Fitness Friday: “I Really Want to Be a Hockey Player” and Other Bedtime Stories
My five year-old has a dream. He wants to be a professional hockey player. Never mind that he has never played organized hockey, he wants to play in the NHL. Last week, the last thing he said to me as he put his head down on the pillow was “I really want to be a professional hockey player”.
Then, a few days later, as I was pulling him and his brother on the sled, he said, “mom, I’m pretending to be riding the bus with the other players (I was glad he didn’t say sitting in a chartered plane).
When I told Derek about this, the first thing he said was “Don’t ever tell him that he can’t”.
And he’s right. Who are we to decide what he can and can’t do? We need to help him develop the tools he needs to reach his potential in whatever he decides to pursue. And of course, to help him develop transferable skills and alternative plans. We need to make him understand the reality of a dream without crushing it.
Our son understands numbers, fractions, and is starting to grasp probability. So I have explained to him the numbers of recreational players versus the number of players in the NHL. He gets it. But he still wants it (today anyway- last year it was a ski racer).
So, what do we do to support him? Here are a few things I’ve come up with so far:
1) We make sure we really believe this is a healthy pursuit: Of course it is! Student athletes, in addition to being healthy and active, can develop greater organizational skills, leadership and discipline than the average student.
2) We understand that his dream will evolve over time. Today it might be hockey, but in the summer it might be soccer. Eventually, if Derek has his way, it might be basketball.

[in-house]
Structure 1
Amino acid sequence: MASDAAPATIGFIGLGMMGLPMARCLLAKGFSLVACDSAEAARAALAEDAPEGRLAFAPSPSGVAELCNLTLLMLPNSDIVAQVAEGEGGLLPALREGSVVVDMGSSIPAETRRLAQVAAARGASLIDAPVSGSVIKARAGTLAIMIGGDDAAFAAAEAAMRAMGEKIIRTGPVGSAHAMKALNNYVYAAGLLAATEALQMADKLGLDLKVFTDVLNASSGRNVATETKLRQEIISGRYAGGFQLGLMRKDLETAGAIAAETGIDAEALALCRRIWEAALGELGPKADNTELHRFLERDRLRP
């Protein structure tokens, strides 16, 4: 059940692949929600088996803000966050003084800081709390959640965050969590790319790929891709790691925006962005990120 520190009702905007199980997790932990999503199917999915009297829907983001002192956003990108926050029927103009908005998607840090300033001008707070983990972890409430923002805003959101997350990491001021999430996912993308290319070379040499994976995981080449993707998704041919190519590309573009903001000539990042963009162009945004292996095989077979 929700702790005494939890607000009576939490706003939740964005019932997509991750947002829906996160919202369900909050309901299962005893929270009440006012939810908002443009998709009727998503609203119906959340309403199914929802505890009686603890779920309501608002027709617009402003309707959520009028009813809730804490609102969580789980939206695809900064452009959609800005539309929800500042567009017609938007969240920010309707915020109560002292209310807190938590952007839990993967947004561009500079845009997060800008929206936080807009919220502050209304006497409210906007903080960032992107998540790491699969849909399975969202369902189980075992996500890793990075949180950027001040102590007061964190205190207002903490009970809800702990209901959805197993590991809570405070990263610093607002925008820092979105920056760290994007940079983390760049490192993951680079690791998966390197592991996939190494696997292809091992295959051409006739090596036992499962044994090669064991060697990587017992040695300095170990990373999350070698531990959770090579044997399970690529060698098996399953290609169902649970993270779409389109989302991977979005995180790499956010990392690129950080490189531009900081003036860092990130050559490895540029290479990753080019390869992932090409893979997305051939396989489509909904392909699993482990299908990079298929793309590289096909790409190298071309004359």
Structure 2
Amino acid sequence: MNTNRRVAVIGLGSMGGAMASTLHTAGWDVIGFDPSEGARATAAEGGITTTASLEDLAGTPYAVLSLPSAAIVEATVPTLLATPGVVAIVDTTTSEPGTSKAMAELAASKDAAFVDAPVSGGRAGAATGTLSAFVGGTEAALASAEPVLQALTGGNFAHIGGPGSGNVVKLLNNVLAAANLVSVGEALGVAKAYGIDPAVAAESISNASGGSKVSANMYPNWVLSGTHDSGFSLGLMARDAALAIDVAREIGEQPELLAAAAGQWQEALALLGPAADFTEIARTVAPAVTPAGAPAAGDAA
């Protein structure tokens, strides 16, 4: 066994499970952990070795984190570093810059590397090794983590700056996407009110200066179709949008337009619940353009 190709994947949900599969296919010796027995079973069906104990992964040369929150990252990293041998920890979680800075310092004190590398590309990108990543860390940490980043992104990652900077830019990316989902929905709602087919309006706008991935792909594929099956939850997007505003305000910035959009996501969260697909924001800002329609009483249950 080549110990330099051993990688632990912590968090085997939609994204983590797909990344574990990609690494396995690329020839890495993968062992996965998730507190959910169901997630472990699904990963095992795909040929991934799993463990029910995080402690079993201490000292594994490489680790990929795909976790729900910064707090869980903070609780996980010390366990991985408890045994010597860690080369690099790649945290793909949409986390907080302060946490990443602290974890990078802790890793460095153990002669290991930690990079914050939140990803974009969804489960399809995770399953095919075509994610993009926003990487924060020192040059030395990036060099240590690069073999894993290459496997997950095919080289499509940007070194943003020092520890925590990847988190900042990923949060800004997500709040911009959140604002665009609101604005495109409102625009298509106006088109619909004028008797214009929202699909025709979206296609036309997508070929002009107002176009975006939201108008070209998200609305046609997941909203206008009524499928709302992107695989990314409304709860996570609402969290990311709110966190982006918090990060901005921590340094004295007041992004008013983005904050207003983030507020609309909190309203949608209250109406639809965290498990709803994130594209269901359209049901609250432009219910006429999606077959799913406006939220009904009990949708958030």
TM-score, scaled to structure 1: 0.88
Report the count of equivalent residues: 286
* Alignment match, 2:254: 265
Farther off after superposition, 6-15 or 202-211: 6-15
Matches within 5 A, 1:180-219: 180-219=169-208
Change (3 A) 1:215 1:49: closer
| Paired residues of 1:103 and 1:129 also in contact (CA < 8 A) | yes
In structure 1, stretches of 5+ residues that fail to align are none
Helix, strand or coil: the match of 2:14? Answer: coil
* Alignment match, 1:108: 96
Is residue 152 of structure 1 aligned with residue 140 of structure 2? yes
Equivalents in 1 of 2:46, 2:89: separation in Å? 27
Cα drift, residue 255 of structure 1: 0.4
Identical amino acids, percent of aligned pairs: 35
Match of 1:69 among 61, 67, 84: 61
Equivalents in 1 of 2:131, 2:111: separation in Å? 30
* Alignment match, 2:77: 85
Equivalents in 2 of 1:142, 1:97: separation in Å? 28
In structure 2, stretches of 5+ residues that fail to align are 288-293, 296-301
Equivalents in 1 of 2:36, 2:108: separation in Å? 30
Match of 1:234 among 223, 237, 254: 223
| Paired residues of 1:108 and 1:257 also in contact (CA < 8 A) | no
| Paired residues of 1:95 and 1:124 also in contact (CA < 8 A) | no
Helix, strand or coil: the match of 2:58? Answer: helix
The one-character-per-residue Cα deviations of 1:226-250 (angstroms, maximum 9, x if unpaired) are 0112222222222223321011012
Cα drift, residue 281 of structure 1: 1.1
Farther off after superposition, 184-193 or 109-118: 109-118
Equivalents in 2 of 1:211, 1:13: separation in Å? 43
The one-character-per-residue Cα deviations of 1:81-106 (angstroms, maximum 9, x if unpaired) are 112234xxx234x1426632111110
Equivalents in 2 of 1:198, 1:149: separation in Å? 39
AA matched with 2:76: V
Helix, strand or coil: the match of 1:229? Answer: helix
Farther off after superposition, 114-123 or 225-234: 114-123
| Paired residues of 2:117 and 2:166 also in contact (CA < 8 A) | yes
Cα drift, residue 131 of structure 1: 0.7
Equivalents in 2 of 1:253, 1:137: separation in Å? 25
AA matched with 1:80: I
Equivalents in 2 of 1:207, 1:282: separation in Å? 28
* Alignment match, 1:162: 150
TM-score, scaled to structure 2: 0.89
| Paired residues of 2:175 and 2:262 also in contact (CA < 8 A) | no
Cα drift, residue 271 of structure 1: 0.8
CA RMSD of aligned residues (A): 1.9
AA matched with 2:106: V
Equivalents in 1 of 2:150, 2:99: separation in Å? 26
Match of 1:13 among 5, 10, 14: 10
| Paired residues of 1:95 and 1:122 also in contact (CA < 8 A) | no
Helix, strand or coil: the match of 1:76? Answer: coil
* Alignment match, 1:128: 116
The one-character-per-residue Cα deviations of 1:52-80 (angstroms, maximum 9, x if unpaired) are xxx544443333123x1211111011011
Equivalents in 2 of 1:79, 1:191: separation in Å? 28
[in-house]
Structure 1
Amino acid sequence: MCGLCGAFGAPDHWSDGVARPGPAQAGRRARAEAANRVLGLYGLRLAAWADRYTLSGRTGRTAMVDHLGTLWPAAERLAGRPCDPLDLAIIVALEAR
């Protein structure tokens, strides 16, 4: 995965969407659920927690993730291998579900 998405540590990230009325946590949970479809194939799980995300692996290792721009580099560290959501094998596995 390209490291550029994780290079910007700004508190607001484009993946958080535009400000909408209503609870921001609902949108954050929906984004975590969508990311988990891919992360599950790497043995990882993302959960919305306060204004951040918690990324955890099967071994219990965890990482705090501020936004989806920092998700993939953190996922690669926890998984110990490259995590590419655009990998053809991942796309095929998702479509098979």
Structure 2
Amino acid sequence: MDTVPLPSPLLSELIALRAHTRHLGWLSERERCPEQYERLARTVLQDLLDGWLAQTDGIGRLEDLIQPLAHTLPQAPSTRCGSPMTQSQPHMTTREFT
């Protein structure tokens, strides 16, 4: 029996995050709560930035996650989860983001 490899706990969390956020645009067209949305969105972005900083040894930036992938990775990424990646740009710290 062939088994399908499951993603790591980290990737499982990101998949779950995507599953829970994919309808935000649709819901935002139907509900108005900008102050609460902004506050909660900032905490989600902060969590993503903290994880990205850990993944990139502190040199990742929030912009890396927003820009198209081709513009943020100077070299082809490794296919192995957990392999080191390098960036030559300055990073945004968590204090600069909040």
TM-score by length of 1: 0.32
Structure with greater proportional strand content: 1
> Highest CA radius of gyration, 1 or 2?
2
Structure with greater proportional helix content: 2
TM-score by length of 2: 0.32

3) We give him every opportunity within our resources to excel. Have you seen this future school that focuses on athletics? Derek and I both did well at public school but hated it since we never felt motivated or interested. Perhaps, if he has really begun to develop an interest in a particular sport, this might be an option. Note: We are both strongly in favour of public schools; we just wish they could find some way to meet individual student needs.
4) We read about parenting young athletes. I just read this summary of a book written by Cal Ripken Jr.
5) Realize that while this is what is most important to him (right now), there are many other aspects of his development which we need to pay attention to in order to give him as many opportunities as possible.
What else? Help me out here. I need advice from student athletes. What did parents do to support you?
And for all of you who know Derek and I, and are chuckling because you think Lil D hasn’t been given the genes to become a professional athlete, laugh away. We are too. But we can never say never to our son.
So, now back to the all important me and this week’s workouts:
Everything is posted in km. For those of you who only do miles, 1 km = .625 mile OR 1 mile = 1.6 km
Saturday – 13 km on the treadmill – 5:45 per km pace. Weather was nasty and didn’t feel like getting cold and wet outdoors.
Monday – 12 km tempo run on the treadmill. 1o minute warm-up at 5:40/ km. 2min/3min/4min/5min/4min/3min/2min intervals all @ 5:00 min/km pace with a 2 minute rest between each interval. Finish the 12 km at 5:40/km pace.
Wednesday – 8 km speed run on the treadmill 10 min warm-up at 5:40/km pace; 8 repeats of 1 minute at 4:20 per km pace followed by 2 minutes rest at 5:45 per km; finish 8 km at 5:40 per km pace. I’m not gonna lie, I was glad when each of those faster minutes came to an end.
Strength Training Stats
Lazy week for me. Fighting a bit of a cough so this is the area that suffered.
Thursday: Greco Lean and Fit class.
That is all. Have a great weekend! I plan to, and I’ve got the 10 km St. Patrick’s Day Run on Saturday morning to look forward to…